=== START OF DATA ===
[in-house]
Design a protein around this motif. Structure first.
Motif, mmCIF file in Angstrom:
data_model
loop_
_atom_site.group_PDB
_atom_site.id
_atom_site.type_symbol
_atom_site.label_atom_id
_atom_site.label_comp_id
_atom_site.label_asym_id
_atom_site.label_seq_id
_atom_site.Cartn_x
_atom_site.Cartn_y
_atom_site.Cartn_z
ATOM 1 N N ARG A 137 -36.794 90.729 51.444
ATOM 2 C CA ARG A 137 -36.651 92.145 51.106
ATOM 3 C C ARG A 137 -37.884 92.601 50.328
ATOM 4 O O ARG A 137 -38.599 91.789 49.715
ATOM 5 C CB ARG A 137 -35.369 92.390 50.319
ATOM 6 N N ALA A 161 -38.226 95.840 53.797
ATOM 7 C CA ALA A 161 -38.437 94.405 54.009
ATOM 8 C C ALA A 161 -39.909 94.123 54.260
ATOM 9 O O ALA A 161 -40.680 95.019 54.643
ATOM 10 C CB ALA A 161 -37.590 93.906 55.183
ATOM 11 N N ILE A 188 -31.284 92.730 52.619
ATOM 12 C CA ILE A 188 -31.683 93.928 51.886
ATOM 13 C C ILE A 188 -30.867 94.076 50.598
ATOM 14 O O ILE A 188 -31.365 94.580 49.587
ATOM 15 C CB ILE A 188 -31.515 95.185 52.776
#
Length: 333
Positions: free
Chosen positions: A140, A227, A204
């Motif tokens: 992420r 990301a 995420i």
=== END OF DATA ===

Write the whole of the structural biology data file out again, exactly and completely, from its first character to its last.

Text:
[in-house]
Design a protein around this motif. Structure first.
Motif, mmCIF file in Angstrom:
data_model
loop_
_atom_site.group_PDB
_atom_site.id
_atom_site.type_symbol
_atom_site.label_atom_id
_atom_site.label_comp_id
_atom_site.label_asym_id
_atom_site.label_seq_id
_atom_site.Cartn_x
_atom_site.Cartn_y
_atom_site.Cartn_z
ATOM 1 N N ARG A 137 -36.794 90.729 51.444
ATOM 2 C CA ARG A 137 -36.651 92.145 51.106
ATOM 3 C C ARG A 137 -37.884 92.601 50.328
ATOM 4 O O ARG A 137 -38.599 91.789 49.715
ATOM 5 C CB ARG A 137 -35.369 92.390 50.319
ATOM 6 N N ALA A 161 -38.226 95.840 53.797
ATOM 7 C CA ALA A 161 -38.437 94.405 54.009
ATOM 8 C C ALA A 161 -39.909 94.123 54.260
ATOM 9 O O ALA A 161 -40.680 95.019 54.643
ATOM 10 C CB ALA A 161 -37.590 93.906 55.183
ATOM 11 N N ILE A 188 -31.284 92.730 52.619
ATOM 12 C CA ILE A 188 -31.683 93.928 51.886
ATOM 13 C C ILE A 188 -30.867 94.076 50.598
ATOM 14 O O ILE A 188 -31.365 94.580 49.587
ATOM 15 C CB ILE A 188 -31.515 95.185 52.776
#
Length: 333
Positions: free
Chosen positions: A140, A227, A204
């Motif tokens: 992420r 990301a 995420i």